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Open Access Highly Accessed Research article

Concern about passive smoking and tobacco control policies in European countries: An ecological study

Marc C Willemsen12*, Maja Kiselinova3, Gera E Nagelhout12, Luk Joossens4 and Ronald A Knibbe5

Author Affiliations

1 STIVORO, Dutch Expert Centre on Tobacco Control, The Hague, The Netherlands

2 CAPHRI, Maastricht University, Maastricht, The Netherlands

3 Maastricht University, alumn, Maastricht, The Netherlands

4 Belgian Foundation against Cancer, Brussels, Belgium

5 Department of Health Education, Maastricht University, Maastricht, The Netherlands

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BMC Public Health 2012, 12:876  doi:10.1186/1471-2458-12-876

Published: 15 October 2012

Abstract

Background

Because of the magnitude of the global tobacco epidemic, the World Health Organisation developed the Framework Convention on Tobacco Control (FCTC), an international legally binding treaty to control tobacco use. Adoption and implementation of specific tobacco control measures within FCTC is an outcome of a political process, where social norms and public opinion play important roles. The objective of our study was to examine how a country’s level of tobacco control is associated with smoking prevalence, two markers of denormalisation of smoking (social disapproval of smoking and concern about passive smoking), and societal support for tobacco control.

Methods

An ecological study was conducted, using data from two sources. The first source was the Tobacco Control Scale (TCS) from 2011, which quantifies the implementation of tobacco control policies in European Union (EU) countries. Data on smoking prevalence, societal disapproval of smoking, concern about passive smoking, and societal support for policy measures were taken from the Eurobarometer survey of 2009. Data from Eurobarometer surveys were aggregated to country level. Data from the 27 European Union member states were used.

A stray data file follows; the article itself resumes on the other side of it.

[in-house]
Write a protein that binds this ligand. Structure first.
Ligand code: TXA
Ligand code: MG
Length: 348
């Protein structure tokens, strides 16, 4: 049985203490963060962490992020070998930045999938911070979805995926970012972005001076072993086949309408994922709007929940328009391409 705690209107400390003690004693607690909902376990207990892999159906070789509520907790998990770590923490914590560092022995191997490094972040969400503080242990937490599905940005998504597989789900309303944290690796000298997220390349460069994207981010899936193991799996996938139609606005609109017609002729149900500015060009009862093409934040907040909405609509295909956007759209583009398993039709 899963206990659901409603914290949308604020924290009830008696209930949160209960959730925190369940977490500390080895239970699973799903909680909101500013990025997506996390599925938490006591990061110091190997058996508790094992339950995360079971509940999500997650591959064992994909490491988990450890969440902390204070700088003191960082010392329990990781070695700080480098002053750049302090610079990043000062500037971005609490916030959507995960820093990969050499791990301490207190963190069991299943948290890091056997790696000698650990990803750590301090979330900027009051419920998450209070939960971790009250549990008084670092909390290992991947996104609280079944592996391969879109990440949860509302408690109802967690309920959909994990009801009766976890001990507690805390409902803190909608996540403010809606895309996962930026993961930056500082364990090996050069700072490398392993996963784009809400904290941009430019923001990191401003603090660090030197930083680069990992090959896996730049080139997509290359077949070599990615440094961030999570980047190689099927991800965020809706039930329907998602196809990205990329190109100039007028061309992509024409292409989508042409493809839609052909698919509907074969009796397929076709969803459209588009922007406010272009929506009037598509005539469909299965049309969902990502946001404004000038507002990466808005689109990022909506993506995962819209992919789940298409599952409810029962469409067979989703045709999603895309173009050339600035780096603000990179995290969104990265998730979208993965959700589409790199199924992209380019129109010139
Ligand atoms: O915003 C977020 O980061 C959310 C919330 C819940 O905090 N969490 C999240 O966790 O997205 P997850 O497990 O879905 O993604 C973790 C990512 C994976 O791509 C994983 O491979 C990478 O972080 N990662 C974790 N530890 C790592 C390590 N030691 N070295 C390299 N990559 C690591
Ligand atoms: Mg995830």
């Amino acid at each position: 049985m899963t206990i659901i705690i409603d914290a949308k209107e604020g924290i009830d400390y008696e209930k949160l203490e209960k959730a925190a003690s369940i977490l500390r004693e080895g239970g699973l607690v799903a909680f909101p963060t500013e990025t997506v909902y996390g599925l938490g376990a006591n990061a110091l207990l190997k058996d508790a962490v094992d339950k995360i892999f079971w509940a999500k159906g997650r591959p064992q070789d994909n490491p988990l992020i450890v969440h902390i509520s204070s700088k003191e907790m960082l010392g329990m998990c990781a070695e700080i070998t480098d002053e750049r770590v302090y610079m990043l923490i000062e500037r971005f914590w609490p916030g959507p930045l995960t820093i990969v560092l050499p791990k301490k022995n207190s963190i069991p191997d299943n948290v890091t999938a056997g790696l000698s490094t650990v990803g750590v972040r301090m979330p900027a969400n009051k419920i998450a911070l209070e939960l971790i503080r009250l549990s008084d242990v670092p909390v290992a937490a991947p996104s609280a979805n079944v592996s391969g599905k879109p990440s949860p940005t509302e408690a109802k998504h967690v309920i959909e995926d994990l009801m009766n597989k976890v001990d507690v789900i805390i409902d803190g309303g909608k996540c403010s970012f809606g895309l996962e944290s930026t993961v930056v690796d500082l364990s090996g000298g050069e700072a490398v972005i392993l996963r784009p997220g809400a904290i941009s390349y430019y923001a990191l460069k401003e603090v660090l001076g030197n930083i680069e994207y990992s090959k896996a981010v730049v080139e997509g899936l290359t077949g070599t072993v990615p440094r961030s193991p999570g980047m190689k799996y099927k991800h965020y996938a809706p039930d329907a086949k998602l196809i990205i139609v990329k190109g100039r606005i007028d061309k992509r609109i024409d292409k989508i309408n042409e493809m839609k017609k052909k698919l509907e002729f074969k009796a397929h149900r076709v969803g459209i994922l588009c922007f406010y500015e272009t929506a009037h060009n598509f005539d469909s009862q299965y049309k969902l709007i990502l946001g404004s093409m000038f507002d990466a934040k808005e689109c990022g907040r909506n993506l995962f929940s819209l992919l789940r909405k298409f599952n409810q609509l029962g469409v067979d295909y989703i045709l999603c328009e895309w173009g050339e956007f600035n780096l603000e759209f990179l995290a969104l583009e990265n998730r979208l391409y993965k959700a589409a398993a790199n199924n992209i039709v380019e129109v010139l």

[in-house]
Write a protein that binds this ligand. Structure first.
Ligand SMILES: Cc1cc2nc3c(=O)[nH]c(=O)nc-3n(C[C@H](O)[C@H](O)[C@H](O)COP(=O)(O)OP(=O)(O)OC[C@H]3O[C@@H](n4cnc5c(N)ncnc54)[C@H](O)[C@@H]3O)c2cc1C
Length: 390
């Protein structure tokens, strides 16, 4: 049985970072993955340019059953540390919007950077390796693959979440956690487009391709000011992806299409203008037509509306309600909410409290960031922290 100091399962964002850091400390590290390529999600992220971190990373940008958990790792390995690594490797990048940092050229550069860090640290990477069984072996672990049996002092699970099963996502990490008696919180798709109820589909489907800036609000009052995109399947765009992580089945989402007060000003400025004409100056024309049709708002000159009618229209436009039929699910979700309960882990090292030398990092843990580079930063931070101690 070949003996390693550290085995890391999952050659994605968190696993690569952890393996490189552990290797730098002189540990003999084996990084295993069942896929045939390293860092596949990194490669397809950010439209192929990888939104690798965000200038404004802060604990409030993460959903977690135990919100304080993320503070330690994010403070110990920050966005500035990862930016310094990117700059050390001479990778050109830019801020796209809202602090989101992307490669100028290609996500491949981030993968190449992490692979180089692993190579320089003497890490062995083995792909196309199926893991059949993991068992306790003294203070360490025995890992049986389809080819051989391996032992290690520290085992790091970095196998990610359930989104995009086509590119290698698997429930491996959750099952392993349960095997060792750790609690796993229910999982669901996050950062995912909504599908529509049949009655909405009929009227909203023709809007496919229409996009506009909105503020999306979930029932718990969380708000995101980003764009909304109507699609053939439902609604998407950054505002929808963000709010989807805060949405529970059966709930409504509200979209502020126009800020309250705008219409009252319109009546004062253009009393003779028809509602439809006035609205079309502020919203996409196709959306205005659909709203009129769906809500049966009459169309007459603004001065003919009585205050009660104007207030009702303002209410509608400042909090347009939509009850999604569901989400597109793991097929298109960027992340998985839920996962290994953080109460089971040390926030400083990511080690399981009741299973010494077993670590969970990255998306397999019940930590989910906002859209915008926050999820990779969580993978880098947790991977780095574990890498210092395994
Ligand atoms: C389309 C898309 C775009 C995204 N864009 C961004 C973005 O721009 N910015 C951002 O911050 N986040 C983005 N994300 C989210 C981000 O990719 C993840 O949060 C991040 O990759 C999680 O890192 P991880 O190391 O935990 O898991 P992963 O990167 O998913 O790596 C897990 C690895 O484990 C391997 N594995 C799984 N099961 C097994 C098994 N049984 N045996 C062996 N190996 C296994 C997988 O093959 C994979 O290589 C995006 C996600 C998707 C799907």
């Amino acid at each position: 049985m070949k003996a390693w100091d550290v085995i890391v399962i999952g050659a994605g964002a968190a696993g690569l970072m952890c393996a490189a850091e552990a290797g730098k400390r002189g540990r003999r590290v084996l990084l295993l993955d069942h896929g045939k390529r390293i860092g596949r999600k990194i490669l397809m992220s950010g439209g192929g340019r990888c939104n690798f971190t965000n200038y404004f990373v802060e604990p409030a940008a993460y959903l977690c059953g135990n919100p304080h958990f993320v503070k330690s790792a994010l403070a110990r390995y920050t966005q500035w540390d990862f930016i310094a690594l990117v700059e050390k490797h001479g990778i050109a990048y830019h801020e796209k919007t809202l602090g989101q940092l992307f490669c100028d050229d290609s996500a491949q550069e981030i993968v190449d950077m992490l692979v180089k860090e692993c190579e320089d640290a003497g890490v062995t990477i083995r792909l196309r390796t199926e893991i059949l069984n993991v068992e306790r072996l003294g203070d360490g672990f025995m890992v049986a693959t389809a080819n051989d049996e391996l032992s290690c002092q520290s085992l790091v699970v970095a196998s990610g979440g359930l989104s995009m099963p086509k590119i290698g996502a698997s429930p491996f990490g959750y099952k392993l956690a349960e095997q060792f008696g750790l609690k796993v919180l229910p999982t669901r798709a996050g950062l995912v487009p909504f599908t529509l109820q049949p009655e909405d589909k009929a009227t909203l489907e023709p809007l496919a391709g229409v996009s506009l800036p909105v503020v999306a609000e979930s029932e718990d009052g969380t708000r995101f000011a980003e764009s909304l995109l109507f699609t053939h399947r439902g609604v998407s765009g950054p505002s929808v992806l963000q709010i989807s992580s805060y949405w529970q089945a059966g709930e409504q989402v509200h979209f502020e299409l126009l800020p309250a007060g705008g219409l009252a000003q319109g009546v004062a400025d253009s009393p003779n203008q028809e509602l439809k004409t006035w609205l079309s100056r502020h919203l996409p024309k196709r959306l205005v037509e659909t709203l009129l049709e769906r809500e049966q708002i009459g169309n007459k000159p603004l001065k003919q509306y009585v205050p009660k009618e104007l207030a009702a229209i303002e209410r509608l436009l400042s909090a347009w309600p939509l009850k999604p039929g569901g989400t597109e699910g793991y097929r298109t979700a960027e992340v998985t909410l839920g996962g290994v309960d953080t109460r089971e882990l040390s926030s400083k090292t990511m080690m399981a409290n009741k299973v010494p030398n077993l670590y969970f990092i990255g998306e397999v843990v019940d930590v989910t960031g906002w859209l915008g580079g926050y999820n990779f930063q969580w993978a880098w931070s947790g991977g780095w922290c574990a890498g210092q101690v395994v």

Results

Smoking prevalence rates in 2009 were negatively associated with a country’s TCS 2011 score, although not statistically significant (r = −.25; p = .21). Experience of societal disapproval was positively associated with higher TCS scores, though not significantly (r = .14; p = .48). The same was true for societal support for tobacco control (r = .27; p = .18). The TCS score in 2011 was significantly correlated with concern about passive smoking (r = .42; p =.03). Support for tobacco control measures was also strongly correlated with concern about passive smoking (r = .52, p = .006).

Conclusions

Smokers in countries with a higher TCS score were more concerned about whether their smoke harms others. Further, support for tobacco control measures is higher in countries that have more of these concerned smokers. Concerns about passive smoking seem central in the implementation of tobacco control measures, stressing the importance of continuing to educate the public about the harm from passive smoking.

Keywords:
Public policy; Smoking; Tobacco control; Passive smoking; Social acceptability; Denormalisation